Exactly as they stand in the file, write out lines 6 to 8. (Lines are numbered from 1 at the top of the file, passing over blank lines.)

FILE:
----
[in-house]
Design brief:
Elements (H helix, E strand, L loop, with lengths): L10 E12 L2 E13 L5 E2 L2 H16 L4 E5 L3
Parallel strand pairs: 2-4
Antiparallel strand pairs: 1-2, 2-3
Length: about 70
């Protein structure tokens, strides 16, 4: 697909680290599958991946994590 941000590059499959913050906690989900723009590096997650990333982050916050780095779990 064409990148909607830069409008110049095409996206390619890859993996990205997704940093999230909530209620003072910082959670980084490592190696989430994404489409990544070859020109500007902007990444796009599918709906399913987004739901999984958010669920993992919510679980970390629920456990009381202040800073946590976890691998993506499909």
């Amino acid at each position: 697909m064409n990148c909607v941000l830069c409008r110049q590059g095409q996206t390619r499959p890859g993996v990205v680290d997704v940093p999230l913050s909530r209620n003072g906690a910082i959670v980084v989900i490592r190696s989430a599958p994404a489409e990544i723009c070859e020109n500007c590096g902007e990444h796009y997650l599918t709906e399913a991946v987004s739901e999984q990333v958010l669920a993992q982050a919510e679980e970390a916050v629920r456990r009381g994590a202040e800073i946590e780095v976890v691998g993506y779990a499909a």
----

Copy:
Length: about 70
């Protein structure tokens, strides 16, 4: 697909680290599958991946994590 941000590059499959913050906690989900723009590096997650990333982050916050780095779990 064409990148909607830069409008110049095409996206390619890859993996990205997704940093999230909530209620003072910082959670980084490592190696989430994404489409990544070859020109500007902007990444796009599918709906399913987004739901999984958010669920993992919510679980970390629920456990009381202040800073946590976890691998993506499909």
């Amino acid at each position: 697909m064409n990148c909607v941000l830069c409008r110049q590059g095409q996206t390619r499959p890859g993996v990205v680290d997704v940093p999230l913050s909530r209620n003072g906690a910082i959670v980084v989900i490592r190696s989430a599958p994404a489409e990544i723009c070859e020109n500007c590096g902007e990444h796009y997650l599918t709906e399913a991946v987004s739901e999984q990333v958010l669920a993992q982050a919510e679980e970390a916050v629920r456990r009381g994590a202040e800073i946590e780095v976890v691998g993506y779990a499909a």